The problem with this claim is that a person who was monitoring the physical system would have no reason to believe that a particular sub-CSA was being executed or that there was a transition between active sub-CSAs. Nothing in the physical system corresponds to this change - someone who only knew the physical facts could not identify or predict it. It is only because there is a change in the consciousness associated with the system that we are inclined to say that one sub-CSA is being executed instead of another. This suggests that a change in the executing sub-CSA is not a measureable property of the physical system, but is being attributed to the system to support a particular theory – namely that executing CSAs are linked to conscious states. A correlate of consciousness is a property of the physical system that is correlated with the presence of conscious states – we measure the physical system, measure consciousness and look for correlations between the two. Consciousness cannot be used to identify features of the physical system that are supposed to be correlated with consciousness – an independent measure of a physical property is required. The state and the set of CSAs that overlap a state might be considered to be objective facts about a system (if one could address the other problems with CSAs that have been raised in this paper). It is not a fact that a single CSA is being executed to the exclusion of all the other CSAs that overlap the current state.

    In systems with more than a few elements an extremely large number of CSAs will overlap each state. This number increases factorially with the size of the system, which will rapidly make it impractical to record the CSAs that are correlated with consciousness. A second issue is that any small change to the system’s state space will alter some of the CSAs that overlap a particular state. So even if was possible to exhaustively list the CSAs that were correlated with consciousness in one system, this list would become obsolete once the system changed its state space, which happens all the time in the brain. It would also be difficult or impossible to use the sets of CSAs that are correlated with consciousness in one system to make predictions about consciousness in other systems.

    Given these problems it is more plausible and experimentally tractable to focus on correlations between particular states of a system and consciousness. In SB it is far simpler to enumerate the states that are correlated with consciousness (s6 , s9 , s10and s11) than to list the large number of CSAs that overlap these states. System states are more robust correlates that can be preserved across modifications of the state space, and it is more likely that two conscious organisms will have common states, rather than common sets of CSAs.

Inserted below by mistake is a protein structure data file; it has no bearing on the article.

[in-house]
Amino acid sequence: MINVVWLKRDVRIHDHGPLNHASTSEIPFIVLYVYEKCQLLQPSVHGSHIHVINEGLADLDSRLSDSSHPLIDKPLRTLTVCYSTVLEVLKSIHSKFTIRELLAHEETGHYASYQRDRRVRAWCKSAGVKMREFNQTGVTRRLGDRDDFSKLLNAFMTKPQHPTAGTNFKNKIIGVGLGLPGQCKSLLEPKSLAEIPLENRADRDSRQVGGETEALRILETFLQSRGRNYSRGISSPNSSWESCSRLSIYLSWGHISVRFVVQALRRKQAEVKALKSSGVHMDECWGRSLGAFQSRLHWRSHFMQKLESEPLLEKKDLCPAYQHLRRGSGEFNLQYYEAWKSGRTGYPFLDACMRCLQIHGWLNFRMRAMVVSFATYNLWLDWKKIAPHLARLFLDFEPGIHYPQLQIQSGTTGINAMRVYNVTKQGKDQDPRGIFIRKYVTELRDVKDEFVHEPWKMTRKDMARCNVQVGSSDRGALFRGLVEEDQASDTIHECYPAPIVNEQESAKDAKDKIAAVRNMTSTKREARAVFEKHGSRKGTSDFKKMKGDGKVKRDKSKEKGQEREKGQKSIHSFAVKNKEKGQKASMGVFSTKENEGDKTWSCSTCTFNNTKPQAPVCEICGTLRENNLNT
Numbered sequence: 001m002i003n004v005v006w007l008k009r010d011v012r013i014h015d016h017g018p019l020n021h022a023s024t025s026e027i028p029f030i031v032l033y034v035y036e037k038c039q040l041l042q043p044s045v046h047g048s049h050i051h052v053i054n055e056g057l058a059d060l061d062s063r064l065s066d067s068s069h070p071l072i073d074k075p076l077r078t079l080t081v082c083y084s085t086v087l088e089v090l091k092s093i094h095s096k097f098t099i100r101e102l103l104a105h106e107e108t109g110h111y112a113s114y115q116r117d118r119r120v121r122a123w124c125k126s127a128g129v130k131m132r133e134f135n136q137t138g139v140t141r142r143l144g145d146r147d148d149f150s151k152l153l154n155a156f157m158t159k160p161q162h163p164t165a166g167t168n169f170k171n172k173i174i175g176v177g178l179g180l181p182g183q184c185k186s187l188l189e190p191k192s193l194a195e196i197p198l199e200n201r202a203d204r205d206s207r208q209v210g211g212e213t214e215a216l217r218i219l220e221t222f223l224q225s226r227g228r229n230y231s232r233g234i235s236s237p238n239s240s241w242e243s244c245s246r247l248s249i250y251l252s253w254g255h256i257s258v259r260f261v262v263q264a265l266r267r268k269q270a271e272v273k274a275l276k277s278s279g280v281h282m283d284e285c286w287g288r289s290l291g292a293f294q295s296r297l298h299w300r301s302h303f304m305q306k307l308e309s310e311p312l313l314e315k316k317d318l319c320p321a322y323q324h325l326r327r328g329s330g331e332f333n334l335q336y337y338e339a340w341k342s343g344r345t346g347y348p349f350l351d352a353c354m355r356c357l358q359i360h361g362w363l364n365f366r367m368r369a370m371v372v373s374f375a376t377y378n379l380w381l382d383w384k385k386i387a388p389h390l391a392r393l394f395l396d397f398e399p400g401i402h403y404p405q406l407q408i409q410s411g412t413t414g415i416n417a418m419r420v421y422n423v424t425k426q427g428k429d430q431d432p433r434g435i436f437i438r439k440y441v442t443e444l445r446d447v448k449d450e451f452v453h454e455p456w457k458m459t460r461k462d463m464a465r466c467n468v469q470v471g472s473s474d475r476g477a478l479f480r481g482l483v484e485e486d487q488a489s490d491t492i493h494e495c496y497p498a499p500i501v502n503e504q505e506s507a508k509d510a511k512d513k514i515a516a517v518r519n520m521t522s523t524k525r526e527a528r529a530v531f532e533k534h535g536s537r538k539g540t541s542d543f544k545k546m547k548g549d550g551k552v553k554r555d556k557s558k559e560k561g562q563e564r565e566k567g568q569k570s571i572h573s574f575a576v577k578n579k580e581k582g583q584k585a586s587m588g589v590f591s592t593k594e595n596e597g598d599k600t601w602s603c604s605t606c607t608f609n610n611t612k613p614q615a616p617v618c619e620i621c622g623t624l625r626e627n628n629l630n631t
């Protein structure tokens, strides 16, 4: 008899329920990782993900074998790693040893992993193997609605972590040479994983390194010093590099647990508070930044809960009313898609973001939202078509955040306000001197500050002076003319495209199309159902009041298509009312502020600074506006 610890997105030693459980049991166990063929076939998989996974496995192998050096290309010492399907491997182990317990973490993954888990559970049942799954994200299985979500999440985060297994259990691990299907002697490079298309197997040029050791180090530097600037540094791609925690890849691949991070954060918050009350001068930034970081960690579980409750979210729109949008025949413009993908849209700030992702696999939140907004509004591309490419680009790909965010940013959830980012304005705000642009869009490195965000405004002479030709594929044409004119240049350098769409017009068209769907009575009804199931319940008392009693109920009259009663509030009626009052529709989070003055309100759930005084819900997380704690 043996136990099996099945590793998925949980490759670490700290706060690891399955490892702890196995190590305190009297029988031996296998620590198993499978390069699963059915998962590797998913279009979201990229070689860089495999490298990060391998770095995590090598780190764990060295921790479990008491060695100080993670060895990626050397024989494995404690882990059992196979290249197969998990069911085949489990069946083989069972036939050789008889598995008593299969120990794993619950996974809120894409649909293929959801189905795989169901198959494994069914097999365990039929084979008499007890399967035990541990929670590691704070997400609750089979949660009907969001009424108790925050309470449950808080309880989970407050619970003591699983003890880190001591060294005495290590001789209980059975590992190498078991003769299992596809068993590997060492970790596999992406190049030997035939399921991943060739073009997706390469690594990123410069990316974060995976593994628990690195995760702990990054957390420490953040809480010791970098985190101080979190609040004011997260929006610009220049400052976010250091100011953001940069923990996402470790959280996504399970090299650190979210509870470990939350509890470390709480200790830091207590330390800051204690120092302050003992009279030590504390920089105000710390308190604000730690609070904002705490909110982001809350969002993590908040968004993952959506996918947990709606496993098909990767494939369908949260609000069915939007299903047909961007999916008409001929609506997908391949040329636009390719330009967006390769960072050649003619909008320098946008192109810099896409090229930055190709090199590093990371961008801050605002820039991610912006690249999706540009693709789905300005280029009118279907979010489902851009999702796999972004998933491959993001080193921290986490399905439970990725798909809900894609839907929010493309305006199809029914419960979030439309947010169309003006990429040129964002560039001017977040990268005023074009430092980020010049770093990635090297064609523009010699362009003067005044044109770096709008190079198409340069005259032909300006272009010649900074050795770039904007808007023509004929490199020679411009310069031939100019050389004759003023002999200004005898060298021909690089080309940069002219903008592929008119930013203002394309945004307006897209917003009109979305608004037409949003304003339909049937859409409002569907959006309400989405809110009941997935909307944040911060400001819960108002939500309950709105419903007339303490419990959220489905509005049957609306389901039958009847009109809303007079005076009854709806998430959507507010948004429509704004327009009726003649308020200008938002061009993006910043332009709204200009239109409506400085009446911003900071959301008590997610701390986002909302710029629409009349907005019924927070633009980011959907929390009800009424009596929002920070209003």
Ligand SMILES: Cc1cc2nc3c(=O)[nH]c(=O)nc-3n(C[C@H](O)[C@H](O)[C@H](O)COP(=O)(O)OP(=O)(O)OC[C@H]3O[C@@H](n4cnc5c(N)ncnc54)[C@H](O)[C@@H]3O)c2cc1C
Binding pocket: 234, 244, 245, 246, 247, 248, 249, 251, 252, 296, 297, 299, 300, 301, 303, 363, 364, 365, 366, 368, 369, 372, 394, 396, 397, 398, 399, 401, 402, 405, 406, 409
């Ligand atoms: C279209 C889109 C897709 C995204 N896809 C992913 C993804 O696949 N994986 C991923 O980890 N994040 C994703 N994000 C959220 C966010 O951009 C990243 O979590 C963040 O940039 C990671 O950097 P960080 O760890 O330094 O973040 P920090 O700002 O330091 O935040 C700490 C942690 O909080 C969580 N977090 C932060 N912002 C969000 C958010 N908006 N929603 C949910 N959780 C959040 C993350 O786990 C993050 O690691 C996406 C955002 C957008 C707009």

3.7 Patterns of Causation

    Chalmers’ account of implementation relies on causation to avoid problems with panpsychism and trivial implementations:

    If the target system matches the causal topology specified by the CSA, then it is supposed to instantiate the organizationally invariant properties that are associated with this causal topology, such as the property of having a mind and potentially consciousness. However, a major problem with Chalmers’ use of causation is that it is far too weak and vague. This makes it easy to claim that one system has the same causal topology as another and is therefore implementing the same computation. If Chalmers’ account of implementation is going to become a scientific hypothesis, the nature of a causal relationship has to be spelled out in enough detail to enable it to be accurately measured in a physical system.

    Chalmers’ vague handling of causation is linked to his use of CSAs to specify causal topologies: “...the CSA formalism provides a perfect formalization of the notion of causal topology. A CSA description specifies a division of a system into parts, a space of states for each part, and a pattern of interaction between these states This is precisely what is constitutive of causal topology.” (Chalmers 2011, p. 341). While a CSA does specify a division of a system into parts and a space of states for each part, it does not specify the pattern of interaction between the parts that lead to the state transitions – it merely records the brute fact that the parts or substates of the system have one set of values at one time and at an arbitrary amount of time later the substates have a different set of values. This makes it highly questionable whether the CSA formalism provides any account of causal topology at all. A specification of the amount and pattern of causal relationships between the parts of a system would need to be added to the CSA formalism to enable it to describe a causal topology.